The Orthodox church that I attend is part of the ancient Antiochian Orthodox Archdiocese, which means that its ancient liturgical language is Arabic, even though our pan-Orthodox congregation uses English about 99 percent of the time.
However, during the years that I lived in South Florida — a period that including Sept. 11, 2001 — I attended a parish in which the majority of the members were of Syrian, Palestinian and Lebanese descent. Obviously, the ancient, and often the daily, liturgical language of this particular parish was Arabic.
Thus, when we sang one of the most ancient hymns of Christianity, the English words were: “Holy God, Holy Mighty, Holy Immortal, have mercy on us.”
However, when we sang the same words in Arabic, they sounded something like this: “Quddouson Allaah, Quddouson ul-qawee, Quddouson ulladhee la yamout, Irhamna.”
Note the presence of the word “Allaah.” That is the Arabic word for God and, in Orthodox circles, there is no doubt about that when services are sung in Arabic. The language is the language and the ancient churches of the East are older than Islam.
It is interesting to note that, here in the West, there have been lively discussions of whether — when speaking English — Muslims should simply say “God,” instead of continuing to substitute “Allah.”
In other parts of the world, tragically, these kinds of debates are literally causing riots. Here is the top of a relevant New York Times piece from the other day:
BANGKOK – An uproar among Muslims in Malaysia over the use of the word Allah by Christians spread over the weekend with the firebombing and vandalizing of several churches, increasing tensions at a time of political turbulence.
Arsonists struck three churches and a convent school early Sunday, and black paint was splashed on another church. This followed the firebombing of four churches on Friday and Saturday. No injuries were reported, and only one church, Metro Tabernacle in the capital, Kuala Lumpur, had extensive damage.
The attacks, unlike anything Malaysia has experienced before, have shaken the country, where many Muslims are angry over a Dec. 31 court ruling that overturned a government ban on the use of the word Allah to denote the Christian God.
Though that usage is common in many countries, where Arabic — and Malay — language Bibles describe Jesus as the “son of Allah,” many Muslims here insist that the word belongs exclusively to them and say that its use by other faiths could confuse Muslim worshipers. That dispute, in turn, has been described by some observers as a sign of political maneuvering, as the governing party struggles to maintain its dominance after setbacks in national and state elections in March 2008.
And there you have it. In this story, the entire conflict is about politics and Malay identity. If you are going to say you are truly Malay, then this means that you are Muslim. If you are a Muslim, God is Allah. If you are not a Muslim, you are (a) not worshiping Allah and (b) not truly Malay.
The story does, while offering detailed discussions of the political realities, pause to give us the crucial numbers on who is who in this increasingly tense nation.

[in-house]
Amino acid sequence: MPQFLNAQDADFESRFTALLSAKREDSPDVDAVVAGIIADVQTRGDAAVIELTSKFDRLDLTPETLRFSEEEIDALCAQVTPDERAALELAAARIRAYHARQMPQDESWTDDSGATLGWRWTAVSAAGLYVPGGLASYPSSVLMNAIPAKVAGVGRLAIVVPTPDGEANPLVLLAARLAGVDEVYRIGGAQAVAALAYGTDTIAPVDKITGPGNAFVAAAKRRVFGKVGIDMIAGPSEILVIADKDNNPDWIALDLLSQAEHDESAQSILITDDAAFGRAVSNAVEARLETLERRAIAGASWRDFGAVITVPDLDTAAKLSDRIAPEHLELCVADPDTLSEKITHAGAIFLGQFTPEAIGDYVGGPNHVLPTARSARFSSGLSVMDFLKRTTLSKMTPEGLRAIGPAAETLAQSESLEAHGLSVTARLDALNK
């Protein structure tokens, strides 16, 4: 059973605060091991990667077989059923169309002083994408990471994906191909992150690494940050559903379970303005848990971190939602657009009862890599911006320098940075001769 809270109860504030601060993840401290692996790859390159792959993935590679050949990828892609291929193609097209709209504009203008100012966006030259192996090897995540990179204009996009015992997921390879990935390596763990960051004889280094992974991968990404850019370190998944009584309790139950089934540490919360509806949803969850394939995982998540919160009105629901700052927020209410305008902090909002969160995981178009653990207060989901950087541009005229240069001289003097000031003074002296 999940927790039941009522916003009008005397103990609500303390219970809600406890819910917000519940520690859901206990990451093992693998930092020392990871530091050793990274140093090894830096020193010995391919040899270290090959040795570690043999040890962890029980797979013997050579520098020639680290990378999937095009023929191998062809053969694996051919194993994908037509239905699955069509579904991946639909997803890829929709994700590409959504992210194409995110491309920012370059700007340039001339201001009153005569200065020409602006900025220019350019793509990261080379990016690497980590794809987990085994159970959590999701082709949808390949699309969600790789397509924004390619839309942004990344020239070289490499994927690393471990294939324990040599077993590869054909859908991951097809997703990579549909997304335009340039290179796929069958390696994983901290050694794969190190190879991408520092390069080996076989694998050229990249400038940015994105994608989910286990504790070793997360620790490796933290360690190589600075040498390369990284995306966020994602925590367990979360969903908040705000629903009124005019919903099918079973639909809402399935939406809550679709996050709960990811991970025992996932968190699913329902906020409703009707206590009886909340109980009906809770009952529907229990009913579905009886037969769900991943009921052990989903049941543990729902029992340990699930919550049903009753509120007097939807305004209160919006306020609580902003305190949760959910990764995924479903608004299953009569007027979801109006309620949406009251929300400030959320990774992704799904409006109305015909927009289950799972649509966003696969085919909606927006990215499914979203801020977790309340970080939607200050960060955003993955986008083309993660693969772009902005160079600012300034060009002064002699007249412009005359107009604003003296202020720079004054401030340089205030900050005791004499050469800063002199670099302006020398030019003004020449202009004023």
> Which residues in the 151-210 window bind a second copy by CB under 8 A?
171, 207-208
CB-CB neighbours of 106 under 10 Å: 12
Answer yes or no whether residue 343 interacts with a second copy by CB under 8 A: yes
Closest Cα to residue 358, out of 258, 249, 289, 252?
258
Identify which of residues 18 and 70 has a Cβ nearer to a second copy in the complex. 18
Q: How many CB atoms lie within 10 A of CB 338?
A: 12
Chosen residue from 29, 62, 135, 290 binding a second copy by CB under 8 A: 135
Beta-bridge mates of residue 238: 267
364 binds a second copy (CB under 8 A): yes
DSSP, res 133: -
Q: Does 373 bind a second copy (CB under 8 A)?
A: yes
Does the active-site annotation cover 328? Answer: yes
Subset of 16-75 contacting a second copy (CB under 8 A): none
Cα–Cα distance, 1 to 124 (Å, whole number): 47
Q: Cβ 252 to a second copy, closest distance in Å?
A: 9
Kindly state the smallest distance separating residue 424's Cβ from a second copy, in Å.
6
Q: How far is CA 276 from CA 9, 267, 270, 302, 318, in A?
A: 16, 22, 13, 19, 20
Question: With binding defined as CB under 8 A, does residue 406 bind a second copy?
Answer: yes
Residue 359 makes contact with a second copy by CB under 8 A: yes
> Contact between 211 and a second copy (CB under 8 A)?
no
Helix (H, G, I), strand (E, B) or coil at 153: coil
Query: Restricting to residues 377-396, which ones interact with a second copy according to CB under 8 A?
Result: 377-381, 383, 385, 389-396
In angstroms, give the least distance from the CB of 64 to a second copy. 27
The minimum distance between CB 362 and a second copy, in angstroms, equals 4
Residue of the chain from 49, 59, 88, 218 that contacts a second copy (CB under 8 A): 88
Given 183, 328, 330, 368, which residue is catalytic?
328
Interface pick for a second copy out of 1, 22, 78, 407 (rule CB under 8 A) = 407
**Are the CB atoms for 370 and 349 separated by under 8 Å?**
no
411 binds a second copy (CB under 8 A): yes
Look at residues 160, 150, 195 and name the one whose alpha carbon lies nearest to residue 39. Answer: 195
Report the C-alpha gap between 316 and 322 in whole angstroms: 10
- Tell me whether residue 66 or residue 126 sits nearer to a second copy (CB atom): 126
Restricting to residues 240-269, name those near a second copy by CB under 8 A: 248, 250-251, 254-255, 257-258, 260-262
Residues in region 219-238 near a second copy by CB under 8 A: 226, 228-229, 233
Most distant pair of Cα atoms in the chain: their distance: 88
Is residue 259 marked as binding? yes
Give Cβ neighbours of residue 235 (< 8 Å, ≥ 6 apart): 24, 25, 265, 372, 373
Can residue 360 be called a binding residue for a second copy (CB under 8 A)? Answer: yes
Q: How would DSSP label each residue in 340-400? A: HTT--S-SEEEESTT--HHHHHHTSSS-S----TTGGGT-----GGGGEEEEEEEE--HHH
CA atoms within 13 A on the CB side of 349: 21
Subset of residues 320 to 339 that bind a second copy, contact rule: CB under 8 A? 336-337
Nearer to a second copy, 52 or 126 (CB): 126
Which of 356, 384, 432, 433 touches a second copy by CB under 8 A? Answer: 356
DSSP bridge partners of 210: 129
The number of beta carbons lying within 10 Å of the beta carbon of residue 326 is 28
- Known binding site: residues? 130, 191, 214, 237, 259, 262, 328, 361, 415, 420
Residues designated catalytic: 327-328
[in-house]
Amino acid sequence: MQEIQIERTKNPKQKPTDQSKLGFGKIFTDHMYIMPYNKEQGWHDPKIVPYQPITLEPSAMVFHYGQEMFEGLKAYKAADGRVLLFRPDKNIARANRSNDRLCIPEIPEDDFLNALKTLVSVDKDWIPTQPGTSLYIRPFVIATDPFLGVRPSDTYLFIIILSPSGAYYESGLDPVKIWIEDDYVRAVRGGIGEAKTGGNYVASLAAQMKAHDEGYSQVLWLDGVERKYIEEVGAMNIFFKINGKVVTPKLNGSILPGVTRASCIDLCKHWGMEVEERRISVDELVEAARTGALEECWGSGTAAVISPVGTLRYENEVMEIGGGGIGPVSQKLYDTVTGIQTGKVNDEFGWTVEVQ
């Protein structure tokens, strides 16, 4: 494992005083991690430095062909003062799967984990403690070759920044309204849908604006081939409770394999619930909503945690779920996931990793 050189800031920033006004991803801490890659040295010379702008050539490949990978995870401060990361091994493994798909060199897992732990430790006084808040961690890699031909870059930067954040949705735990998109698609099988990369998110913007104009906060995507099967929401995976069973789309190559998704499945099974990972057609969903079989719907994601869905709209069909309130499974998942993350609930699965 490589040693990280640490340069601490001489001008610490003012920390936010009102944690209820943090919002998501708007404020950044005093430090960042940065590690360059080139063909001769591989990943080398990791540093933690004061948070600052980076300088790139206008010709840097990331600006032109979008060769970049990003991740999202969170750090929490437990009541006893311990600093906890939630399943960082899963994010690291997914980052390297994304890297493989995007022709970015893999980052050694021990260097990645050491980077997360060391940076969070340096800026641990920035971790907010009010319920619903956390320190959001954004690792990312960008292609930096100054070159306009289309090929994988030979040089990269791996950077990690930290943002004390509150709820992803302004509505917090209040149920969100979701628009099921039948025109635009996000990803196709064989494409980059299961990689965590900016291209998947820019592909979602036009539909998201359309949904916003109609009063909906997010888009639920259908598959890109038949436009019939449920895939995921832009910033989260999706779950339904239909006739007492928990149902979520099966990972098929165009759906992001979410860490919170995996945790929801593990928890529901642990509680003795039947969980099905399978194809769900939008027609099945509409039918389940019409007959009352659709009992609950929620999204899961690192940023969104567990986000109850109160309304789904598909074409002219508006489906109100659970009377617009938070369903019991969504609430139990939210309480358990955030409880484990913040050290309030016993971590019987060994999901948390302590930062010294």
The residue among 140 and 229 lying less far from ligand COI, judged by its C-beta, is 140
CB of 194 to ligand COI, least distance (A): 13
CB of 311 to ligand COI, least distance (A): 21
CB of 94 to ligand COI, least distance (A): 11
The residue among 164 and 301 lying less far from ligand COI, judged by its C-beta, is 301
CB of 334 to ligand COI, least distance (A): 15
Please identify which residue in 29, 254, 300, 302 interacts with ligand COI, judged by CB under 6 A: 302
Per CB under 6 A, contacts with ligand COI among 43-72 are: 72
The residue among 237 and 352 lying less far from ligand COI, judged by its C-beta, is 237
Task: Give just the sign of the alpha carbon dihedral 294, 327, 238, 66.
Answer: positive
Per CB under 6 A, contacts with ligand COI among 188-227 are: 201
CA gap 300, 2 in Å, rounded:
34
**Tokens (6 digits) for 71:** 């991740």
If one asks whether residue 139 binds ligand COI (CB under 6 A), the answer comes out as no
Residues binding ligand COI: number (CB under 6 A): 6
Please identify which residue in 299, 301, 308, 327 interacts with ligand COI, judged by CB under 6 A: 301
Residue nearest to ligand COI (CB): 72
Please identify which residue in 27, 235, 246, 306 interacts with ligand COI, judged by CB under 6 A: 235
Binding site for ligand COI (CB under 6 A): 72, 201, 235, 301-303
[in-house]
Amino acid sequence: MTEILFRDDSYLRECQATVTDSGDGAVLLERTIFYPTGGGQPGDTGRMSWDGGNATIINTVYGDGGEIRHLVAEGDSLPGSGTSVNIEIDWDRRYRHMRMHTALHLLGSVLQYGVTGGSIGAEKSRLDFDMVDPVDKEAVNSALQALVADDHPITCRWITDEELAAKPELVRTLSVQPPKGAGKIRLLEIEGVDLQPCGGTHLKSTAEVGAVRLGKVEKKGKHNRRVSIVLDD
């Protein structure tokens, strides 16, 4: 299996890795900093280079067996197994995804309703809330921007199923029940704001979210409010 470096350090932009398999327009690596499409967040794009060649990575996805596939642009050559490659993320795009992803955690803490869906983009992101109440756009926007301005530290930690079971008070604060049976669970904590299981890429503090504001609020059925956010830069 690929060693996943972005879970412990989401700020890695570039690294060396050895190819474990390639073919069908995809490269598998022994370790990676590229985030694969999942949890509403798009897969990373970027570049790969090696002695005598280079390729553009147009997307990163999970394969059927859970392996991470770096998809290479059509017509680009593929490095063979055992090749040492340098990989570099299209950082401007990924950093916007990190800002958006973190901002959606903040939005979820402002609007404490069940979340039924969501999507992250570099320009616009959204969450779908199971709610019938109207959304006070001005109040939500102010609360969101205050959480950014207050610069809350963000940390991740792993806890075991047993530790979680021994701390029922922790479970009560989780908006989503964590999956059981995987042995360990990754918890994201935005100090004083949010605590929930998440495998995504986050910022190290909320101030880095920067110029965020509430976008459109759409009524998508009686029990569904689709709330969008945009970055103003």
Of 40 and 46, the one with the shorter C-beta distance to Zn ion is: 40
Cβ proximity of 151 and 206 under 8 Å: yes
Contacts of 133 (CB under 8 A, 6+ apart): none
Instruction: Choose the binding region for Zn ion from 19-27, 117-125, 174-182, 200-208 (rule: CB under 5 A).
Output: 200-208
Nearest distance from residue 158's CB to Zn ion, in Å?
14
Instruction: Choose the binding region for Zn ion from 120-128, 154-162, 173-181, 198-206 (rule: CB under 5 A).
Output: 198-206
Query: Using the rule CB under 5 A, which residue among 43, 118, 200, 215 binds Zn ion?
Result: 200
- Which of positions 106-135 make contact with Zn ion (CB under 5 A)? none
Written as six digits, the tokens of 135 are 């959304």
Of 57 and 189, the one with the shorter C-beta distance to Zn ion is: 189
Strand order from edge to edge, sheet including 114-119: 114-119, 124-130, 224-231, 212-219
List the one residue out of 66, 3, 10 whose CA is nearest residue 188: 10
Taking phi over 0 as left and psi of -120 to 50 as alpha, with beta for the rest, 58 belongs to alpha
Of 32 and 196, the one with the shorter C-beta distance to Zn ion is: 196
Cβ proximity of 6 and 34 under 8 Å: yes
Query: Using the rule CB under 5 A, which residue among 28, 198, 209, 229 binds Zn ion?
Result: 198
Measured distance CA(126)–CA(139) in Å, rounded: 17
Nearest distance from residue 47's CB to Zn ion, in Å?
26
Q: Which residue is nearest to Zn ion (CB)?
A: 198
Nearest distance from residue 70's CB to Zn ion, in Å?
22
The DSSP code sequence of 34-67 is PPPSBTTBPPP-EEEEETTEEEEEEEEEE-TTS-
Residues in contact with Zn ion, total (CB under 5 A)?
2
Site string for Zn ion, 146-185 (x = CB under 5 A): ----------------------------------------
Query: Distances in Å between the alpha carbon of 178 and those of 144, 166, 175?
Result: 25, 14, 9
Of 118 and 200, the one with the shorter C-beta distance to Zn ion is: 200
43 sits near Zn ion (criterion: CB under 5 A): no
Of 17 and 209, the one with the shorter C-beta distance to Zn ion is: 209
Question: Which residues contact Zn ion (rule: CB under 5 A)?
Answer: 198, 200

The tensions are shaking a multiethnic, multiracial state that has tried to maintain harmony among its citizens: mostly Muslim Malays, who make up 60 percent of the population, and minority Chinese and Indians, who mostly practice Christianity, Hinduism and Buddhism. About 9 percent of Malaysia’s population of 28 million people are Christians, most of them Chinese or Indian. Analysts say this is the first outright confrontation between Muslims and Christians. …
The line between race and religion is blurred in a country where the Constitution equates Muslim and Malay identities, said Jacqueline Ann Surin, editor of The Nut Graph, an analytical Malaysian news site.
“Malaysia is peculiar in that we have race-based politics and over the past decade or so we have seen an escalation of this notion that Malay Malaysians are superior,” she said.
What the story never does is give the reader any clue as to how the word “Allah” is used in worship or in religious education by different flocks of Christians and others who use the word “God.” What does this law require people to do, insert the English word “God” into texts written in Arabic or Malay? Could we have at least one practical example of what is at stake here? Is it illegal to carry a Bible containing the proper “Allaah” language?
I have more questions. Is this an issue in Catholic rites performed in Malay? Does it affect any Orthodox Christians who worship in Arabic or Malay? Is this violence targeting churches that are especially evangelistic? How many Protestants are in Malaysia? What about other religious groups that use God language?
Once again, the story does a fine job of handling the political details, but there is more to this story than politics. What are the details on the ground, in terms of how this affects the actual religious groups whose sanctuaries are being burned? How does the current law affect their lives? Are they rebelling against it in their pews and at their altars? How?
Just asking. This story is not going away.